Rebecca Horn, Zwitter, 1987 · Glastrichter, Metallrahmen, pulverisierte Holzkohle, Schwefel · Museo de Arte Contemporáneo Helga de Alvear, Cáceres, Foto: Johansen Krause, © Bildrecht Wien, 2021
About the series

Ouverture Spirituelle · Sacrificium

The German term ‘Opfer’ has a double meaning signifying both sacrifice and victim. It can mean a devout offering for the glory of God, or refer to all those who endure suffering, agony and even death, whether of their own free will or by force. The cultural feat of overcoming the ancient ritual of human sacrifice, as told in Genesis through Abraham’s near-sacrifice of Isaac, casts a dark shadow over the Book of Judges, which recounts how Jephthah fulfils his vow to make a burnt offering by sacrificing his daughter, his only child. The New Testament takes up this idea in order to overcome it: according to Christian understanding, the Passion of Christ is the ultimate sacrifice — of the Almighty Father as well as the Son of God, who accepts and fulfils his mission of salvation.

‘No monument stands over Babi Yar.’ So begins the poem Babi Yar by Yevgeny Yevtushenko. When more than 33,000 Jewish men, women and children were murdered in the ravine of the same name near Kiev in 1941, it was one of the most horrifying massacres in the history of the Holocaust. Dmitri Shostakovich’s Symphony No. 13 ‘Babi Yar’, in which Yevtushenko’s words are set to music, stands at the beginning of an Ouverture spirituelle focused on musical testimonies to the pain and enormity of the victims’ suffering. The unspeakable horrors of the Shoah are voiced musically in works by Shostakovich and Luigi Nono, while Tigran Mansurian’s Requiem addresses the Armenian genocide and is dedicated to its victims. Honegger depicts Joan of Arc on the stake, and Giya Kancheli turns an ear to the pain of being uprooted. Josef Mysliveček’s Abramo ed Isacco, Giacomo Carissimi’s Historia di Jephte, and Orlande de Lassus’s settings from the Book of Job deal with texts from the Hebrew scriptures, and works by Handel, Scarlatti, Haydn, Mozart and Rihm illustrate different aspects of the suffering and death of Christ.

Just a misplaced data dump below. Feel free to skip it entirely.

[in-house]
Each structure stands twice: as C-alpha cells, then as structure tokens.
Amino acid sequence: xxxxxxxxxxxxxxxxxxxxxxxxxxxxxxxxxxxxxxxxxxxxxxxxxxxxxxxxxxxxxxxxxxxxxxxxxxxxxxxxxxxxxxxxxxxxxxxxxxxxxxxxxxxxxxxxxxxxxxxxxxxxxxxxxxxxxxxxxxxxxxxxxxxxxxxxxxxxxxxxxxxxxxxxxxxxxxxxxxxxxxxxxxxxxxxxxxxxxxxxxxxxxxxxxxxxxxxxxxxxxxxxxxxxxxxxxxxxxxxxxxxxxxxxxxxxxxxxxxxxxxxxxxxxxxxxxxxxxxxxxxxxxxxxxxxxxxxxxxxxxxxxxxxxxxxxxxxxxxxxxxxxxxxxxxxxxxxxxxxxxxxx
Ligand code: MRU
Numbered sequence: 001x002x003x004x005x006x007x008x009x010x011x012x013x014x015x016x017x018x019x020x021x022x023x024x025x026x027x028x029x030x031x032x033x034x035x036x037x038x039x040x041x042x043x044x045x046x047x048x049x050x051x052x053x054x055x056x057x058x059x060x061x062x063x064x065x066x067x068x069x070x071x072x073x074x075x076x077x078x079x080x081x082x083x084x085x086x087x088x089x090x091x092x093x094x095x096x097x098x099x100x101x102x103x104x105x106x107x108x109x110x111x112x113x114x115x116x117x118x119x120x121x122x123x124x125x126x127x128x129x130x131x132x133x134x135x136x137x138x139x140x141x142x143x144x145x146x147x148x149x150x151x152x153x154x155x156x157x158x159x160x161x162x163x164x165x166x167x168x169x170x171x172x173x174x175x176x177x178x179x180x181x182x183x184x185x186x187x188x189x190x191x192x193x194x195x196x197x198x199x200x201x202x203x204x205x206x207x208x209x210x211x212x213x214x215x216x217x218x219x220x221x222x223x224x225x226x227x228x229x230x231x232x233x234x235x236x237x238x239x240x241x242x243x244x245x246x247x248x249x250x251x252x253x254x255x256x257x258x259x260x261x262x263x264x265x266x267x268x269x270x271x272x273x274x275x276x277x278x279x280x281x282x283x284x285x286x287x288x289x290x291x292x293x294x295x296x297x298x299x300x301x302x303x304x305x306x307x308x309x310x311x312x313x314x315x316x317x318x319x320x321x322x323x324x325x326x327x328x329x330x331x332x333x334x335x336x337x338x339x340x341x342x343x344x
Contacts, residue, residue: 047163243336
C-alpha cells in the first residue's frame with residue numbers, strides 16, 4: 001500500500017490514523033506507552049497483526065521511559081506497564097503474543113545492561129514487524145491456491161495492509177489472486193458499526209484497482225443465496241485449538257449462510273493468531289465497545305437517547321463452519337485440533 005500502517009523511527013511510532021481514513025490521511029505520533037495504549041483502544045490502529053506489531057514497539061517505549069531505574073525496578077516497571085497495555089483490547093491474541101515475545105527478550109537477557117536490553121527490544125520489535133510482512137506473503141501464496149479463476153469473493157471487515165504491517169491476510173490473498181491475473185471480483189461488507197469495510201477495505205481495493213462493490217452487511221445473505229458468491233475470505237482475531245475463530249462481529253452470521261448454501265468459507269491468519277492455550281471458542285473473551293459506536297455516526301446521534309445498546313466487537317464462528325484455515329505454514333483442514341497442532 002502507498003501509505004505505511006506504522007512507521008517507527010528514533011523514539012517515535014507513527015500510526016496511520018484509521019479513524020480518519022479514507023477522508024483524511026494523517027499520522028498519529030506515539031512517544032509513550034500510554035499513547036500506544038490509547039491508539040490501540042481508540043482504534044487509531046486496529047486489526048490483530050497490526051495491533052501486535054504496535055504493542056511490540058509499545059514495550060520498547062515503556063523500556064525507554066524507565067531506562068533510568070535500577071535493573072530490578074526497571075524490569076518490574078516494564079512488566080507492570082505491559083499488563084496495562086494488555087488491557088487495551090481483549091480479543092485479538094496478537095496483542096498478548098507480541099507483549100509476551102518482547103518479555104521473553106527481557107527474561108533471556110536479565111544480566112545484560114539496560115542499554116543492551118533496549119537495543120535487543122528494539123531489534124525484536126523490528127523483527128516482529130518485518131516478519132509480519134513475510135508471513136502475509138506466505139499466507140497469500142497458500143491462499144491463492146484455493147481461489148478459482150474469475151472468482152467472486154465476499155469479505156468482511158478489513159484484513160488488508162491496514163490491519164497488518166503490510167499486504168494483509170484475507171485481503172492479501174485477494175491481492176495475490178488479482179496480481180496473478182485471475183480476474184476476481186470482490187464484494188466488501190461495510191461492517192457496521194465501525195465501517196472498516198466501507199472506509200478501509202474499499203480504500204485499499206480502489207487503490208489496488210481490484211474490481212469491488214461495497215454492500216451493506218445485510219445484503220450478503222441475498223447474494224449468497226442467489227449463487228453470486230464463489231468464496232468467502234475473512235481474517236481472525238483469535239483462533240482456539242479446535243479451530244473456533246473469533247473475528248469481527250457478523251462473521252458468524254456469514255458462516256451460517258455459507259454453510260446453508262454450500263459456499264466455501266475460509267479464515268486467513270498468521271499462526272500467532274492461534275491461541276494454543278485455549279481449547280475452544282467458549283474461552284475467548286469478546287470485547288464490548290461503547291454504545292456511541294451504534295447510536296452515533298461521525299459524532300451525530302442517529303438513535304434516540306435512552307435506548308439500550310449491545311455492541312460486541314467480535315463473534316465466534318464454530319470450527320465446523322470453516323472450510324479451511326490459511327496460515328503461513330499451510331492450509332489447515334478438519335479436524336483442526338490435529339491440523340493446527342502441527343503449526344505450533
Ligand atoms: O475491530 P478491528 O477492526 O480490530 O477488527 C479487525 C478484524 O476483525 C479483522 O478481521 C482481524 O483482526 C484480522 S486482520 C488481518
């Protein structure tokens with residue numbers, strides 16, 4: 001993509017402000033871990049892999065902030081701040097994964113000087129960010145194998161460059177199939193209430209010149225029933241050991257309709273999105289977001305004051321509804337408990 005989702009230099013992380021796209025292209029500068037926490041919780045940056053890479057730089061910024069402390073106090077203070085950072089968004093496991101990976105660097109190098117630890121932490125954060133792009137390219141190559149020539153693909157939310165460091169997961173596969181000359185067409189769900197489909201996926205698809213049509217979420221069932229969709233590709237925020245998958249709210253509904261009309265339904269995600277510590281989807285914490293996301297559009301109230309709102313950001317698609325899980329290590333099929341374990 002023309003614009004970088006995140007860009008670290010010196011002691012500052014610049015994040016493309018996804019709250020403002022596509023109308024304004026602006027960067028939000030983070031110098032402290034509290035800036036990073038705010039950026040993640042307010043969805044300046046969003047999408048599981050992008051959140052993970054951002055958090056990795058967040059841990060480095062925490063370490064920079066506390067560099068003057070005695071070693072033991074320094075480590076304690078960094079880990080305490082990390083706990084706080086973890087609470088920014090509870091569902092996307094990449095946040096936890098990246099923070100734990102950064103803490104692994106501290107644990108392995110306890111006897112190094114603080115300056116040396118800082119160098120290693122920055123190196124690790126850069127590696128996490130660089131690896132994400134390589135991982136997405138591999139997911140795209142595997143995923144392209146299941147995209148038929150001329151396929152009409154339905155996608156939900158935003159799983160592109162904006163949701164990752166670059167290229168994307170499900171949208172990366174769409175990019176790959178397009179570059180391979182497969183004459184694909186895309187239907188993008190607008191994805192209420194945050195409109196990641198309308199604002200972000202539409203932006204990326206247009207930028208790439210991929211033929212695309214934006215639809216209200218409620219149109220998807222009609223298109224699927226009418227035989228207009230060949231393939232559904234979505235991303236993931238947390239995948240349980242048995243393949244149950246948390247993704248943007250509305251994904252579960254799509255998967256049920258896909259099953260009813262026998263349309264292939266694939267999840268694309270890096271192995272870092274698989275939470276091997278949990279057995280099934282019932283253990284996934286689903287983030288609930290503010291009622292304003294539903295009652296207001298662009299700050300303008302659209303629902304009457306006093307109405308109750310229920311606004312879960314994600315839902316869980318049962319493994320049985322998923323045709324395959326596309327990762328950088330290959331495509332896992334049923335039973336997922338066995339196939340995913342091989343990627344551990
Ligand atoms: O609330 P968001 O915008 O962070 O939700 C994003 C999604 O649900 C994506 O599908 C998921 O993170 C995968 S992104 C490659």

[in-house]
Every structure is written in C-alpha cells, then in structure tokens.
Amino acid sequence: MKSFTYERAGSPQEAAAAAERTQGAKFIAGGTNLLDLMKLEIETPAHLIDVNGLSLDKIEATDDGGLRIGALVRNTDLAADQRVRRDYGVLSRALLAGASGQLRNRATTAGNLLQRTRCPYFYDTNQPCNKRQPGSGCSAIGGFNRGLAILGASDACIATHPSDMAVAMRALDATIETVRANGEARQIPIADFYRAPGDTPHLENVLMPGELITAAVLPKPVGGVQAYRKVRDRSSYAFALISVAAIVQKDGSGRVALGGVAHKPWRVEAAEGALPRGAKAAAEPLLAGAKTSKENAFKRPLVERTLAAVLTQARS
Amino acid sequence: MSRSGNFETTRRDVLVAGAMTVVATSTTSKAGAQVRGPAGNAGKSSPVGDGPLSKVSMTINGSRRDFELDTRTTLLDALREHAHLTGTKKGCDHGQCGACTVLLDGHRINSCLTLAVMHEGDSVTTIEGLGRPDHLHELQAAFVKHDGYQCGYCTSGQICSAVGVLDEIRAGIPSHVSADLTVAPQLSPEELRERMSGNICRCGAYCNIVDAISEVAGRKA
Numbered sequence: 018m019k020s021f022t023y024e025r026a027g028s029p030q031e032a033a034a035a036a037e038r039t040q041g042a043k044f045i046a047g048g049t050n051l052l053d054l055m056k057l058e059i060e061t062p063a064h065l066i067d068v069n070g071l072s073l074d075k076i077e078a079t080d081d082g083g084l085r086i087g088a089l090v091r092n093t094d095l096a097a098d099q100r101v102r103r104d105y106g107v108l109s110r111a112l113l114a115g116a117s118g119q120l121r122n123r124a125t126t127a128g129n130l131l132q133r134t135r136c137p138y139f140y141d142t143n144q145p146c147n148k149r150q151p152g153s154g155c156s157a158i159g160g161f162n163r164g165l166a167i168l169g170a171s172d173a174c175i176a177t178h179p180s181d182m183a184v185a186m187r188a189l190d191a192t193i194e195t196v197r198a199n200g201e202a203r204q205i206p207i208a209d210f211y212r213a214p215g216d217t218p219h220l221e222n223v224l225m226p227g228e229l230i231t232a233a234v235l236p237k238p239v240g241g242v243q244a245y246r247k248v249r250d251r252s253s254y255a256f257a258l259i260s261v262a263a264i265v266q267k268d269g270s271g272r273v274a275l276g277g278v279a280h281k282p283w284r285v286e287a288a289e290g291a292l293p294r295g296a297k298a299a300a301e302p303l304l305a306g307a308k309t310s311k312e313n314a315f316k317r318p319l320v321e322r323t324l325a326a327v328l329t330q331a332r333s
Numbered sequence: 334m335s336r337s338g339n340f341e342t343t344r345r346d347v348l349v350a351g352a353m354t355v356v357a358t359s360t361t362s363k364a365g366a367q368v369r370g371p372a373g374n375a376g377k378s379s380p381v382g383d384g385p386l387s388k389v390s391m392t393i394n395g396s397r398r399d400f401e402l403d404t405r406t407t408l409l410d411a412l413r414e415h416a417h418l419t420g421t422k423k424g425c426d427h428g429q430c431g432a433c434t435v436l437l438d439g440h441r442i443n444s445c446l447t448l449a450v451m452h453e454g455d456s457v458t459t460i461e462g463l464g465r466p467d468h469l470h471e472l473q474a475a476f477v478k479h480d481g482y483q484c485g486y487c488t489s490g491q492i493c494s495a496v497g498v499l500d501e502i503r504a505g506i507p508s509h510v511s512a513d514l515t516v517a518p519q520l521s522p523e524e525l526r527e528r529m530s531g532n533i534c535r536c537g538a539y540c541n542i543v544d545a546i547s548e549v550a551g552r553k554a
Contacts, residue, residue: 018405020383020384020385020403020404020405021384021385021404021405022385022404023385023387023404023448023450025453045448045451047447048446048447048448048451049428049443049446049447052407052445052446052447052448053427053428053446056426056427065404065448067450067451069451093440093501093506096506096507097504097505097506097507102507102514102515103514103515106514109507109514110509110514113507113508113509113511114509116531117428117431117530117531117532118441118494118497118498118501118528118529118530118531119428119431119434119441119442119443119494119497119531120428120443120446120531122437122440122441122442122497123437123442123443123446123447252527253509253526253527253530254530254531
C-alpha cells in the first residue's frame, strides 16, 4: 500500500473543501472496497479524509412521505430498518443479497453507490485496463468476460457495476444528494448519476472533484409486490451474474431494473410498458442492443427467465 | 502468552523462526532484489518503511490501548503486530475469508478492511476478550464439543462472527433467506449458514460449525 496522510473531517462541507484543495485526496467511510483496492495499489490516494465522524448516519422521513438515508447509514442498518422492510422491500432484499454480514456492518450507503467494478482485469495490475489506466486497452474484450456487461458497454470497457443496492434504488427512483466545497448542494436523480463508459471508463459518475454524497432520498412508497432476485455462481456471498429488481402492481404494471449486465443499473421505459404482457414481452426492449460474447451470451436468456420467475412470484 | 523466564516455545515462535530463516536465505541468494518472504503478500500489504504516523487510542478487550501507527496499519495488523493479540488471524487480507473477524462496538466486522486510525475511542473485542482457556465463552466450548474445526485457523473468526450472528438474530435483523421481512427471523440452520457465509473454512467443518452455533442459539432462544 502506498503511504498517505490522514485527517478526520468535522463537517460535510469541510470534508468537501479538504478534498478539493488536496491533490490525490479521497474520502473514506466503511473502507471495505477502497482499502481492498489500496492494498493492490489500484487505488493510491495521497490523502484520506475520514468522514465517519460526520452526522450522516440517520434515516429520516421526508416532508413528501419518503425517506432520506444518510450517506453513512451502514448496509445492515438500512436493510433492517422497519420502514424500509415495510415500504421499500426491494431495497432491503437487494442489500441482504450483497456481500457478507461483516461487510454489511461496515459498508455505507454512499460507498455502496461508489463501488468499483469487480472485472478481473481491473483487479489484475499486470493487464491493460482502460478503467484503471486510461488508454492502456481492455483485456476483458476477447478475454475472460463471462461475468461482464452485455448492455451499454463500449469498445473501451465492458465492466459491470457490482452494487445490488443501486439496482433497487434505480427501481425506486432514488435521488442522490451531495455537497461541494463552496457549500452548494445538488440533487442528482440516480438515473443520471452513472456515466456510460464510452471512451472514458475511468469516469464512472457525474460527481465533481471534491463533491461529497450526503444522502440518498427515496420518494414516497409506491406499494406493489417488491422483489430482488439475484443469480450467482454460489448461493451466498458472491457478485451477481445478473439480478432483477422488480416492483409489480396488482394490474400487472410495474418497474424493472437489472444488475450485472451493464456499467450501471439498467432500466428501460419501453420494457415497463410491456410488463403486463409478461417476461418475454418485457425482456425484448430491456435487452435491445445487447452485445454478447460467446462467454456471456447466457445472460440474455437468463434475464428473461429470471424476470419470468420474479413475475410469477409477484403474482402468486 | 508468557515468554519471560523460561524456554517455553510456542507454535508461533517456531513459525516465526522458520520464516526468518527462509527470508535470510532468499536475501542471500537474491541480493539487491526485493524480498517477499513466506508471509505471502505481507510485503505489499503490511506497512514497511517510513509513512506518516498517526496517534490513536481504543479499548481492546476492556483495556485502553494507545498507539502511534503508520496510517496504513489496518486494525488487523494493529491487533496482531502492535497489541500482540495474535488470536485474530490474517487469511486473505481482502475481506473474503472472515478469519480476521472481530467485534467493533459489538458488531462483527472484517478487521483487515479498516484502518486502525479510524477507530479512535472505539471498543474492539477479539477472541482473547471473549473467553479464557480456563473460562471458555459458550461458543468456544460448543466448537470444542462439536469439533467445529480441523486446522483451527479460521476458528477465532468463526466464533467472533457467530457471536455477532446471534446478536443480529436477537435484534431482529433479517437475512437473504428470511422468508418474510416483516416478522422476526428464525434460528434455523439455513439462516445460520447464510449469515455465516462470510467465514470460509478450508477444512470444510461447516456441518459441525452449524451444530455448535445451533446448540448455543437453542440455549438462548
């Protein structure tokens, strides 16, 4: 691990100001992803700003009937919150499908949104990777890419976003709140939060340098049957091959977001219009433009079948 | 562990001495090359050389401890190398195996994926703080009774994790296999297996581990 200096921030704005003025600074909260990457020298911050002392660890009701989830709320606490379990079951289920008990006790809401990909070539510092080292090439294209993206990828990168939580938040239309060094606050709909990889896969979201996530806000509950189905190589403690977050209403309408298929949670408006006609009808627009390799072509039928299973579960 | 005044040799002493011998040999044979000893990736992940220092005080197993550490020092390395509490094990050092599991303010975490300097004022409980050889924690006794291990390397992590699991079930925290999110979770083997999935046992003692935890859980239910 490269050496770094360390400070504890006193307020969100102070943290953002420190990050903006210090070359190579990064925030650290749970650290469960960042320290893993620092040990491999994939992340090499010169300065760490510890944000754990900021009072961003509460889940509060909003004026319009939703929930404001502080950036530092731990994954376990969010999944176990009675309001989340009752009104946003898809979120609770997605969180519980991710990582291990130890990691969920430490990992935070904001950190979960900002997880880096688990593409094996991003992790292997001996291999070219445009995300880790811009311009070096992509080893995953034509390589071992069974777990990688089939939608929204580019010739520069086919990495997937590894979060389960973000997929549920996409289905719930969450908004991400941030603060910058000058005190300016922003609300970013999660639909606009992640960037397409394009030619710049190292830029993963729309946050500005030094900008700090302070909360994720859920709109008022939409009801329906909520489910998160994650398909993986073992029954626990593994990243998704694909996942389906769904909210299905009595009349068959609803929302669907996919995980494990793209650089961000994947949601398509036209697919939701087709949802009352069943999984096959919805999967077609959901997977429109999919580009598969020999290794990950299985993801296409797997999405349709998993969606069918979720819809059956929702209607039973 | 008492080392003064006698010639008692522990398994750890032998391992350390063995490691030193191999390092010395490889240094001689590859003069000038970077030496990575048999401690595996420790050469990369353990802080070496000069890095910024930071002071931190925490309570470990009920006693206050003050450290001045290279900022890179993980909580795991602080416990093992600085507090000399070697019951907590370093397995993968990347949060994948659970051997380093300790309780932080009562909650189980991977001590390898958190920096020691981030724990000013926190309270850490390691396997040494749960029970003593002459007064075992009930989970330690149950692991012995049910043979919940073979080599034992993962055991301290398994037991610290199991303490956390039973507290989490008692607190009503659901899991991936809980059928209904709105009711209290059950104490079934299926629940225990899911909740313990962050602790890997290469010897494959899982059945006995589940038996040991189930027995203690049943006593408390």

Walter Weidringer
Translation: Sebastian Smallshaw

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With generous support from Prof. Dr. h.c. mult. Reinhold Würth and the Würth-Group